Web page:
Europe put the economy on pause13 / 03 / 20 Visitors: 17
Europe put the economy on pause, USA continues to discuss options - Forex market news
European governments are assessing the economic impact of mass quarantine and the risk of coronavirus proliferation. Initially, the authorities were not prepared for decisive measures, such as strict isolation and border closures.
However, as the spread of infection accelerated and the number of deaths rose, Europe as a whole chose a single strategy: to pause everything and then worry about what it would cost.
The indecision of the authorities quickly faded when the coronavirus took over the continent, and lawmakers decided that in the absence of tough and forced measures, the economic consequences would still be negative, but the number of victims would be much higher.
In the US, however, President Donald Trump's administration is considering easing social exclusion measures as early as next week. The focus is on whether the economic cost of containing the epidemic is too high and whether it should be reduced, even at the expense of more illness and death.
"We can't let the medicine do more harm than the disease itself," Trump said Monday.
Europe is pursuing a strategy to reduce the spread of the disease and also to avoid overburdening the health system, which it may not be able to withstand. In the UK, a lack of decisive action "will have undesirable consequences for the health of the entire nation, not least because many other serious diseases will be left untreated. This was announced on Wednesday by Neil Ferguson, a specialist in infectious diseases at King's College London, who is also an adviser to the government.
More than 7500 deaths from COVID-19 have been reported in Italy and more than 3400 in Spain, according to official figures from Johns Hopkins University. Over 200,000 people in Europe are infected.
Most European countries are under quarantine to contain the pandemic, with major economies closing borders and imposing severe restrictions.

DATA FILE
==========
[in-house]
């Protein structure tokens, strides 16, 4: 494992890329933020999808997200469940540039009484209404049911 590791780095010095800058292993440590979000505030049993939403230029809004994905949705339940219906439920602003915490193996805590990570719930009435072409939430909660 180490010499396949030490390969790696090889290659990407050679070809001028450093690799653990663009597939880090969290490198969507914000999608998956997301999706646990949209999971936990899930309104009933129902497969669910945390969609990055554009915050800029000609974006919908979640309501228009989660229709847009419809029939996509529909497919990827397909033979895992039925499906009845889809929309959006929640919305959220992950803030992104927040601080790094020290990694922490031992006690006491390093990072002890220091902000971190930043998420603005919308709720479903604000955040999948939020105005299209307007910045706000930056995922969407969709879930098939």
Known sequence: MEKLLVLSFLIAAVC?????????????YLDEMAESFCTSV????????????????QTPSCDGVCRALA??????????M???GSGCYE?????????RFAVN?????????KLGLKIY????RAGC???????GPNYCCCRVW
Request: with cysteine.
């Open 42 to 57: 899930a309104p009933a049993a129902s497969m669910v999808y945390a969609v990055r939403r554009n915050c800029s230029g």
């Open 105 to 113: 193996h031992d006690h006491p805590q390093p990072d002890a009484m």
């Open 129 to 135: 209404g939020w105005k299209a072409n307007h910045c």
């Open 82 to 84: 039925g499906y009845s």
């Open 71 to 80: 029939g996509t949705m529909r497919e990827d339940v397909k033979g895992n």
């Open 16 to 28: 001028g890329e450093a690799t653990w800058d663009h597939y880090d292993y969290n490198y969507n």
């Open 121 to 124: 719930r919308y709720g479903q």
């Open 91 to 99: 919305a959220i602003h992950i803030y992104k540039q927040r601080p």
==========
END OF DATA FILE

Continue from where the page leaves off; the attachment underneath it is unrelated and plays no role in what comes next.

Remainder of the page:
EU authorities have temporarily relaxed regulations on public aid and free movement, allowing governments to continue to implement incentive measures and close borders. The quarantine regime in Europe is expected to last several weeks or even months, and survey results already indicate an unprecedented drop in economic activity in the region.
The authorities believe that the huge sums allocated to help closed companies and unpaid workers will keep the economy afloat until the virus is defeated and activity begins to recover.
The decision to isolate Europe on a large scale was not taken quickly and was accompanied by a sharp policy shift and the ambiguous position of some countries.
Even the authorities in Italy, which suffered the most from the coronavirus in Europe, hesitated. In the beginning, the quarantine regime was introduced in small towns in the north of the country in the hope that it would help minimize the economic impact of the epidemic. National quarantine was introduced on March 9th. On Sunday, Rome ordered all production to be shut down, despite business protests.
Austrian Chancellor Sebastian Kurz initially did not want to close the border with Italy, but then changed his mind after reviewing a study conducted by Israeli specialists, which showed the extent of damage to the country's economy in the absence of such restrictive measures.
Vienna imposed a strict quarantine on 15 March, banning groups of more than two people and closing kindergartens, schools and many companies.
France and Spain have followed suit. On March 16, French President Emmanuelle Macron declared in an address to the nation that "this is war" and ordered companies to close down and citizens to stay in their homes.
Germany did not act so quickly, partly because the regional authorities could not agree on restrictive measures. On Sunday, German Chancellor Angela Merkel and the prime ministers of the 16 federal states announced that all shops that do not sell essential goods would be closed and public places would not be allowed. Sources say that the German authorities have been forced to take this step in the light of measures taken in neighbouring countries.
Great Britain has held on for the longest time, and Prime Minister Boris Johnson has followed a strategy of restraining the coronavirus for several weeks. He surrendered on Monday, ordering the closure of shops and companies and forced self-isolation. The turning point was a study by King's College London, according to which the number of victims under strict and effective quarantine measures could reach 20,000 against 250,000 without quarantine.